The Earth's magnetosphere is profoundly affected by what goes on at the Sun, and therefore the next 8 sections of The Exploration of the Earth's magnetosphere are concerned with the Sun and the Solar Wind.
The first four sections (below) stress processes associated with sunspots, intensely magnetic regions on the Sun, whose number rises and falls in an irregular cycle of about 11 years. Near sunspots violent eruptions tend to occur, sending earthward fast plasma clouds ("Coronal Mass Ejections") and sometimes high energy ions and electrons.
16H. History: 1843--Heinrich Schwabe discovers the sunspot cycle.
The next four sections involve the solar corona, the Sun's extremely hot outermost atmosphere, still a puzzle to scientists. Solar gravity cannot hold such a hot plasma, and it expands forcibly in all directions as the "solar wind," responsible for most phenomena in the Earth's magnetosphere. The solar wind also draws out of the Sun magnetic field lines, producing the interplanetary magnetic field (IMF), and a section here describes how the IMF is shaped by the solar wind:
In addition, one section is devoted to the high-energy particles ejected by solar flares, particles which could pose a hazard to interplanetary travelers:
However... "Exploration" also has two "sister sites," each of which has sections devoted to the Sun. Some material overlaps, but mostly each site covers different aspects. The section you are reading now is meant for users interested in a more complete picture, with links to relevant parts of those other sites.
"The Great Magnet, the Earth" is a historical discussion of the Earth's magnetism, originating in its central core. For a long time, the source of that magnetism was a mystery. What convinced scientists that a "dynamo mechanism" was responsible was evidence coming from sunspots, which are intensely magnetic. This led to a theory of the Sun's magnetism which, although now recognized as crude, is still of interest. The sections on this are:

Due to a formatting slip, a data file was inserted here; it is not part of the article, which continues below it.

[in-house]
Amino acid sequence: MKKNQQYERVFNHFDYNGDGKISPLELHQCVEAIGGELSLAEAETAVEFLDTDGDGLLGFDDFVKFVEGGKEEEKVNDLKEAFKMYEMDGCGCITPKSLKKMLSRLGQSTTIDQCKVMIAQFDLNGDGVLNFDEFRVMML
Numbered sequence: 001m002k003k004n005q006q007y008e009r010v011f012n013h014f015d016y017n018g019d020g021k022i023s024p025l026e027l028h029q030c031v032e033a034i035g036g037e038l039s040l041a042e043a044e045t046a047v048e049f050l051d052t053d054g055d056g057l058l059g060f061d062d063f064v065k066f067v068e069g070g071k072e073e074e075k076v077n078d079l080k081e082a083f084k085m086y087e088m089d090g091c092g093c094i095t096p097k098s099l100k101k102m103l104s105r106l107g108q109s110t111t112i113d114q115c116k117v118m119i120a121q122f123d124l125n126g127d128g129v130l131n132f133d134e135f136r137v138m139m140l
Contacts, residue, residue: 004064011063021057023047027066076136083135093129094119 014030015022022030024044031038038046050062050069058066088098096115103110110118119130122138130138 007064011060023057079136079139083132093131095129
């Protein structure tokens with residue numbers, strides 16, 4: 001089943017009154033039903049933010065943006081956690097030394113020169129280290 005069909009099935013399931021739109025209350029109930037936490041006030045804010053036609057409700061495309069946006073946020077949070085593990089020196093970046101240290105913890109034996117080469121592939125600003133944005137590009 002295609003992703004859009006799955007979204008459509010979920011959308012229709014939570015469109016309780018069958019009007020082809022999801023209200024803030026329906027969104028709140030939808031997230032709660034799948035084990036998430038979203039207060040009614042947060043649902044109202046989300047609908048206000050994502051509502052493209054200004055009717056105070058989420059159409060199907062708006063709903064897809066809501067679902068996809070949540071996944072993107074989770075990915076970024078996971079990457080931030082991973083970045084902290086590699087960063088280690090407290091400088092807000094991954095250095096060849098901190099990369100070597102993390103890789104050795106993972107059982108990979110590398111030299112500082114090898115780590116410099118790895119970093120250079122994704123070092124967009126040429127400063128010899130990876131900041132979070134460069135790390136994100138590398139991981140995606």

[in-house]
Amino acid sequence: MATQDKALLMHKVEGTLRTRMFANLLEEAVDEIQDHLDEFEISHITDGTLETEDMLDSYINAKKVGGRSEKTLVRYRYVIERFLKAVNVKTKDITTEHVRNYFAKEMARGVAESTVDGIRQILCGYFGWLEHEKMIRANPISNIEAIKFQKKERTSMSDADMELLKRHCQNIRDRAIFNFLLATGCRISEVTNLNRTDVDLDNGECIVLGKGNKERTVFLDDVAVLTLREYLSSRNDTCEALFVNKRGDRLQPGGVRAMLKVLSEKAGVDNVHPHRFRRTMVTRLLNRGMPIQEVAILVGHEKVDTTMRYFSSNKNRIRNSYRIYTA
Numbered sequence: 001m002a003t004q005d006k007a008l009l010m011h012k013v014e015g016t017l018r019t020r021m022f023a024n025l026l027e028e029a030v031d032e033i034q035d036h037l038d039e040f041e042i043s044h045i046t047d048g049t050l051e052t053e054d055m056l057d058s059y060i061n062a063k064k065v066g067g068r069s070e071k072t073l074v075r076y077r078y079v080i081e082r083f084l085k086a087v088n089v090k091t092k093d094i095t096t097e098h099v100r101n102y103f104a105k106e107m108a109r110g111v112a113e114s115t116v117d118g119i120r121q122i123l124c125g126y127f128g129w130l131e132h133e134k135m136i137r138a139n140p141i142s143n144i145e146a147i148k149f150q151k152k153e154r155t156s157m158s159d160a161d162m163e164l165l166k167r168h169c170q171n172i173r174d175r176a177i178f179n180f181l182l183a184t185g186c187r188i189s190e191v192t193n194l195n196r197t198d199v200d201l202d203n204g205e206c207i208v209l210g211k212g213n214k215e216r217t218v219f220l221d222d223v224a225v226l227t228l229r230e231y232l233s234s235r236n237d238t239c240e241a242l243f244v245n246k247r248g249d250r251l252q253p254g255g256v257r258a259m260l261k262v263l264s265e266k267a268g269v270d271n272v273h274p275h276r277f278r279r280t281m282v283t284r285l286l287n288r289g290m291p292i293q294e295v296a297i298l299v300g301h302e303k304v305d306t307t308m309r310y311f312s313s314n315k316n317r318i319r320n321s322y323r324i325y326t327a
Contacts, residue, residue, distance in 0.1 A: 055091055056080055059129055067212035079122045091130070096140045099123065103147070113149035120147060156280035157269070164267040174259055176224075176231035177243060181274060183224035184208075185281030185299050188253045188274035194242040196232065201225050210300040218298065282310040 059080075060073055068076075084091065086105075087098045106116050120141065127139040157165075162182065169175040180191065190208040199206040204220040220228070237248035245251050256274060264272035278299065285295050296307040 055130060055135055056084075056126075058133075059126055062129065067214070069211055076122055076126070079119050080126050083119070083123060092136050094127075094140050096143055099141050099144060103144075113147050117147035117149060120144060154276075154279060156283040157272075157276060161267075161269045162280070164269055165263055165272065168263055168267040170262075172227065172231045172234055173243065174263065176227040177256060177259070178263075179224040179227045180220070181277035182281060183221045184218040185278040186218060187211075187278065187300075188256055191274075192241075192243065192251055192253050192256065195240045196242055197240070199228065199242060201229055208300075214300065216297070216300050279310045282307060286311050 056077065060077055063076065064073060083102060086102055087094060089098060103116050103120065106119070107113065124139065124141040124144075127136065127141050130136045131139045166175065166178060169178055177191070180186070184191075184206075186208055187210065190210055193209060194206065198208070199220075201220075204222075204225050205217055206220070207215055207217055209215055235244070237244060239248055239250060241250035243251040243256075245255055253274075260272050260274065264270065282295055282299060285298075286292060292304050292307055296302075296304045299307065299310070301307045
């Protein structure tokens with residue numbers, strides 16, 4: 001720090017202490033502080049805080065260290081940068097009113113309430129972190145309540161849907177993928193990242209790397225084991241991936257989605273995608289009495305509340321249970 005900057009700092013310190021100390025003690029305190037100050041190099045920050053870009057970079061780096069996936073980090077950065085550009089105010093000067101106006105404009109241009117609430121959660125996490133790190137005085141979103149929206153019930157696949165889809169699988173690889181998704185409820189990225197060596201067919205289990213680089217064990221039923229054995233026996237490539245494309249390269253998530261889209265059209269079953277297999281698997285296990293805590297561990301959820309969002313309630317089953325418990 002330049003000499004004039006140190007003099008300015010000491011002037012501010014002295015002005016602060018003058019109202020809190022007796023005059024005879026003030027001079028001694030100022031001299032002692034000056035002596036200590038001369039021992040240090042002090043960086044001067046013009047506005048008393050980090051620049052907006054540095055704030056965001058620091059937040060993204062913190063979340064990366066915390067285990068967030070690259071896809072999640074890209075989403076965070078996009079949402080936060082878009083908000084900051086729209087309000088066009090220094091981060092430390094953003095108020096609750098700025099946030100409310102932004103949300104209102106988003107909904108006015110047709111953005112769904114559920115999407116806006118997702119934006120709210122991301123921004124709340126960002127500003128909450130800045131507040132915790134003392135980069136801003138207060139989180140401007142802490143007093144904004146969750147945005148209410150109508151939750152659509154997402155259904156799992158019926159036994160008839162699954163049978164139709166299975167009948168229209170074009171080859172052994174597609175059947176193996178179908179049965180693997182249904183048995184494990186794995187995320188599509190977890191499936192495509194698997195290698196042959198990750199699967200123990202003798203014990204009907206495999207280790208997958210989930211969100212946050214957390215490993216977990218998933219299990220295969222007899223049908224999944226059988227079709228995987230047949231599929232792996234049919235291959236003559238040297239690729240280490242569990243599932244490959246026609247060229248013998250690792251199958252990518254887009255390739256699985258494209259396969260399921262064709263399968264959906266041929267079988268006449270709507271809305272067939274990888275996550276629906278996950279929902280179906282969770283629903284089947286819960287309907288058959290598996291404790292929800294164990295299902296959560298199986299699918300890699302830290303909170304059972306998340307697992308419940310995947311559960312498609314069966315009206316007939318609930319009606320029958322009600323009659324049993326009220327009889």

And in more detail, the sections on the Sun in a long historical review
"From Stargazers to Starships", the 3rd site, is a large course (with some math) covering wide areas in astronomy, physics and space exploration. It includes a collection of web pages on the Sun, linked from an introductory section. Most of those pages use the Sun mainly to introduce areas of physics having some connection to it, such as weather and climate, or spectral lines and electromagnetic waves in different ranges of wavelength. One section describes x-ray emissions from the Sun:
This collection supplements the above material by discussing the Sun's energy source, nuclear fusion, with the attendant question of what happens when the Sun's fuel runs out. All this involves nuclear physics, so sections on nuclear energy and nuclear weapons were also added, as was an overview of the history of the study of atoms and nuclei.
Even though the Sun apparently will not end its career as a black hole, one interesting object of this sort was also covered, namely the recently observed black hole at the center of our galaxy.
The sections on those topics are:
and related to it:
(A very quick overview of the relevant history.)
S-7A The Black Hole at the Center of our Galaxy
S-8. Nuclear Power
S-9. Nuclear Weapons
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Author and Curator: Dr. David P. Stern
Mail to Dr.Stern: audavstern("at" symbol)erols.com
Co-author: Dr. Mauricio Peredo
Spanish translation by J. Méndez
Last updated 10 May 2004